Process is an excuse to not think

Mark Jordan
Ingeniously Simple
Published in
2 min readMar 10


What is “process”?

Let’s say process is a rule that you follow instead of independently deciding what to do.

For example, daily standups are a process: everyone agrees to meet up at a certain time each day rather than arranging ad-hoc catchups.

Another example of process is code style: we generally agree on some rules for naming variables, formatting code, etc. And we often implement those rules via some kind of automated linter. The idea is to avoid wasting time going back and forth on every individual decision.

So: a big benefit of process is that it helps avoid bikeshedding. Process helps keep work flowing when the stakes are low and some decision is better than none.

Process can also have a benefit in times of urgency when the stakes are high, as well. For example, imagine some team working on a business-critical system. They might have a rule which states that all changes must be test-driven before they can be accepted into production. During an outage, the team may be pressured into hacking a quick (but hopefully correct) fix without going through the usual procedures. But if the team believes in the process that they’ve agreed with their stakeholders, they’ll still take the time to make sure the fix is correct rather than gambling on ending the outage earlier. Process can keep us honest when times are tough.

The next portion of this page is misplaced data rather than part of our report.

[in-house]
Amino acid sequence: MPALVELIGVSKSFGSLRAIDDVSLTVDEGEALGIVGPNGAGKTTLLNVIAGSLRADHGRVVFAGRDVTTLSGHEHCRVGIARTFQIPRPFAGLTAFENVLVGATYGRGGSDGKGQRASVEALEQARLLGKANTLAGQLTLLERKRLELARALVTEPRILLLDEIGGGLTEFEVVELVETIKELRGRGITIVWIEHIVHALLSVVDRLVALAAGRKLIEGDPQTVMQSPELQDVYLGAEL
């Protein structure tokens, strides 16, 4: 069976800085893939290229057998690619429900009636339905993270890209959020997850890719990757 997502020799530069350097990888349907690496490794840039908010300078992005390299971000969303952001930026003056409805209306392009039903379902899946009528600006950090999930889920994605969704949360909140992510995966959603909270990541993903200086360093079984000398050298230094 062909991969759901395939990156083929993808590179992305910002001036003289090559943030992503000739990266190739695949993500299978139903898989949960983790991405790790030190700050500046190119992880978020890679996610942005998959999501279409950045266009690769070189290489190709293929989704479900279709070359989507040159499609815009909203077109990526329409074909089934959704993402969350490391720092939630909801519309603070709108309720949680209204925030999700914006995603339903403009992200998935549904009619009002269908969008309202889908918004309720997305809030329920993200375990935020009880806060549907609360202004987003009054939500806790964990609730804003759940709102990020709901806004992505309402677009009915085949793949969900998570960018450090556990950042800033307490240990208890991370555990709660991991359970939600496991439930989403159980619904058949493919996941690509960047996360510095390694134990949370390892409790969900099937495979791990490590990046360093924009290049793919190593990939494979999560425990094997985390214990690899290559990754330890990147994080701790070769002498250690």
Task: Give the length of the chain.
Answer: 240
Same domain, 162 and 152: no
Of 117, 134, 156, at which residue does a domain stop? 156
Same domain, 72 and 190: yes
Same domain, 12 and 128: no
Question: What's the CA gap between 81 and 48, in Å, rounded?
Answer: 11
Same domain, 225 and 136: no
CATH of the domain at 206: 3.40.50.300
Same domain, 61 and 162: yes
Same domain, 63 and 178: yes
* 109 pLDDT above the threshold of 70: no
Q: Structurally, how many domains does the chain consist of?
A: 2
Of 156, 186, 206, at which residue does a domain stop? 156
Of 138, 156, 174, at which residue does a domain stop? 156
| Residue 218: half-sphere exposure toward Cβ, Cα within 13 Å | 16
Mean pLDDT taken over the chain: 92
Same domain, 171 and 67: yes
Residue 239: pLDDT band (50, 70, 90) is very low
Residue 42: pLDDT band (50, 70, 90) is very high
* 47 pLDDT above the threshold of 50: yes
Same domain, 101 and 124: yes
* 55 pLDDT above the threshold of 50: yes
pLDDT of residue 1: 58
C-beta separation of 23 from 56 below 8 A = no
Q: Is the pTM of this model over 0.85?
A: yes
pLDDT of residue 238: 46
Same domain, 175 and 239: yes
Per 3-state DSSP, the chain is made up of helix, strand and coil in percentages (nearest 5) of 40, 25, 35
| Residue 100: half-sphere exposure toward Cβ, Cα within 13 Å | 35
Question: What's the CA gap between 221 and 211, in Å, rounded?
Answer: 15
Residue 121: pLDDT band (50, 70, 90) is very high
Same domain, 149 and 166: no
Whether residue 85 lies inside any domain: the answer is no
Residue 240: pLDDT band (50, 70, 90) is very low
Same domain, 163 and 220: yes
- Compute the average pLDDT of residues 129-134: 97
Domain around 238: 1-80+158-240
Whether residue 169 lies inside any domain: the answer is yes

But what are the downsides of process? I think the clue is in some of the above examples — process replaces independent thought:

  • If a process becomes so detailed that it appears to cover every possibility, then people may stop looking for other problems that could arise.
  • The process itself can become the goal rather than the outcomes that it’s supposed to help with.
  • If people fear the consequences of making a wrong decision, they may instead rely on the process to cover their ass, causing a so-called “diffusion of responsibility.”
  • If the process gets in the way too much, then people will likely do the minimum required to satisfy the process, rather than thinking about what tasks actually need to get done.

Process needs to be relevant, appropriate and deliberate: for example, requiring review for every change to a codebase may be sensible, but requiring two separate people to sign off on some trivial release note update clearly isn’t. Figuring out when excuses or exceptions to the process are allowed is a tricky question to answer.

So what’s the conclusion? It may sound trite, but ultimately we need just the right amount of process: to help people avoid sweating the small stuff, to ensure they do the right thing when it really matters, and to empower people to take responsibility when their contributions are most valuable.

Getting there is the hard part :)

Photo by Kelly Sikkema